Route 66 begins (or ends, depending on your perspective and journey) in Chicago, and summer is the perfect time to experience a bit of this Americana icon without having to journey all that far. Here’s how to have some family fun and enjoy the food, attractions and history found along the “Mother Road” in Illinois.
In the city
There are signs marking the route in downtown Chicago on Adams just to the west of Michigan Ave., but they are pretty battered and decorated with a lot of stickers. They’re likely not worth the trip just to see them, but if you’re already in the area visiting the Art Institute, keep your eye out and snap a quick photo.
The start/end point has changed over time, and streets became one way, making things tricky. The original beginning point was on Jackson Boulevard, which makes sense given that Lou Mitchell’s is right there. Founded in 1923, the diner was ready to feed hungry travelers when Route 66 opened in 1926. The current location was built in 1949 and the sign proclaiming to serve “the world’s finest coffee” is from then. Open for breakfast and lunch, the great coffee and donut holes at breakfast makes it a perfect place for sleep-deprived parents, and the Milk Dud pancakes on the children’s menu have delighted kids for decades. The mix of locals and travelers captures a key dynamic of Route 66.
If you’re up for a drive
Dell Rhea’s Chicken Basket is located on Route 66, just off of present day I-55 and feels like a step back in time. It’s been featured in several Route 66 documentaries on travel and, like Lou Mitchell’s, it’s on the National Register of Historic Places thanks to its connection to Route 66. The fried chicken was and still is legendary (and kid-friendly) and the Route 66 sodas add to the fun.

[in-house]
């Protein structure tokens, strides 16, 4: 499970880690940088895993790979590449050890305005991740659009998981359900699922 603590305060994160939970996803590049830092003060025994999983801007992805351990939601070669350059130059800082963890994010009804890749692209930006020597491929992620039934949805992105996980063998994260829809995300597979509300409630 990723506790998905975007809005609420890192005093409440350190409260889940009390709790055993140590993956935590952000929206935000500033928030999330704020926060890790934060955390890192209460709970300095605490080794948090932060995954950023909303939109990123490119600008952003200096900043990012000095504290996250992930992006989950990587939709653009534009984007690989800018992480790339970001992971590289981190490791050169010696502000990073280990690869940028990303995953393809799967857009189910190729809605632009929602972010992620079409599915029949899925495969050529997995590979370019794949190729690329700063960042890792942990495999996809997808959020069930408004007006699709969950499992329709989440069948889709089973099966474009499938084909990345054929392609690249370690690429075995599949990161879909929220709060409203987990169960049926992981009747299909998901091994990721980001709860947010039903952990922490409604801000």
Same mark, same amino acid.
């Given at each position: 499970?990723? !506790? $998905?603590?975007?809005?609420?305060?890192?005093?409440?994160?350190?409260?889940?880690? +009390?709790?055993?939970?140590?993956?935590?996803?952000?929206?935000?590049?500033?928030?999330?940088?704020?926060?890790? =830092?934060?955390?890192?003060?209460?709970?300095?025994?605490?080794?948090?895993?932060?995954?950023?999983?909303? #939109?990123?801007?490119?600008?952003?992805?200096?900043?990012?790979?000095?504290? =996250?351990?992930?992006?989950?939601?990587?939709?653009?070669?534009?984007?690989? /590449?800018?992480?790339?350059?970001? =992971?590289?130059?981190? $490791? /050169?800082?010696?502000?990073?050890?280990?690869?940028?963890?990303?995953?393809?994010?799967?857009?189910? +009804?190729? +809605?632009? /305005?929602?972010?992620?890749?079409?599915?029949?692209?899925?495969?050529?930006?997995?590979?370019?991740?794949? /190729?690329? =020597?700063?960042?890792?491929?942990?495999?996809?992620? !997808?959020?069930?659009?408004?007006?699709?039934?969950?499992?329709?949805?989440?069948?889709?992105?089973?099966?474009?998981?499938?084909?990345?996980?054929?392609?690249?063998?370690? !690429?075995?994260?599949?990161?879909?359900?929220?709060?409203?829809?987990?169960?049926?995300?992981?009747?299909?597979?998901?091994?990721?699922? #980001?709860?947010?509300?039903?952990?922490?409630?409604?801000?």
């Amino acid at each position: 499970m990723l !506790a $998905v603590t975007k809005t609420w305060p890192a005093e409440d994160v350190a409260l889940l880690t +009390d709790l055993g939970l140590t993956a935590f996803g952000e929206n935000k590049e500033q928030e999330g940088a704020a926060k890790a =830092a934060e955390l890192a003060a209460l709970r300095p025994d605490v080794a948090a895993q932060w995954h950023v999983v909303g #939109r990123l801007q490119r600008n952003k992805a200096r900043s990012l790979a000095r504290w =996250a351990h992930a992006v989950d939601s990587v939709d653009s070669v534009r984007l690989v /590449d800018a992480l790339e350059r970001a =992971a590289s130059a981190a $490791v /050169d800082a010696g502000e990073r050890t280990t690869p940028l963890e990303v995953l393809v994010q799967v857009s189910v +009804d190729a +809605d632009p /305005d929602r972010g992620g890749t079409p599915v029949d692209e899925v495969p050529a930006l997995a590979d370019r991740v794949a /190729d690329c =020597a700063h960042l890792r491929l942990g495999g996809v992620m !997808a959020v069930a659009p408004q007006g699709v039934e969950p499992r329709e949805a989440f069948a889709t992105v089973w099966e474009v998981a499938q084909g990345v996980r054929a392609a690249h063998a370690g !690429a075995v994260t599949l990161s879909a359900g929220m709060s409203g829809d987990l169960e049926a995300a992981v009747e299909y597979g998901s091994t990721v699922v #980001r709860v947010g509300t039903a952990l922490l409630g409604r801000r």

Joliet is proud of its Route 66 heritage. Rich and Creamy, at 920 N. Broadway in Joliet, is an ice cream shop that was typical of those you’d find along the road during its heyday, and Jake and Elwood Blues of the Blues Brothers dancing on the roof next to the “Joliet Kicks on 66” sign is cool, even if your kids have no idea who they are. There’s also a 12-foot version of the Joliet Kicks sign in Route 66 Park, and the Joliet Area Historical Museum offers an interactive “Route 66 Experience” featuring a variety of cars, one of which features radio broadcasts from seven different decades.
Giant fiberglass Muffler Men statues used to dot Route 66 as part of an ad campaign in the ‘60s and you can find the 28-foot tall Gemini Giant still standing in Wilmington. He’s named for the Gemini space program and holds a rocket ship in his huge hands. He stands in front of the Launching Pad restaurant, 810 East Baltimore Street, Wilmington, which just reopened this spring and is a Route 66 Welcome Center.
If you’re up for a day trip
Pontiac, Illinois is a great destination for Route 66 aficionados and at just a few hours from Chicago, it’s a doable day trip. Two dozen outdoor murals pay homage to the town’s history, and many are devoted to what was once the nation’s main highway. The Route 66 Hall of Fame and Museum is worth a visit. It’s small, which makes it great for a quick visit with kids, but chock-full of history and memorabilia that offer a peek into the past. There’s no admission charge, but donations are welcome.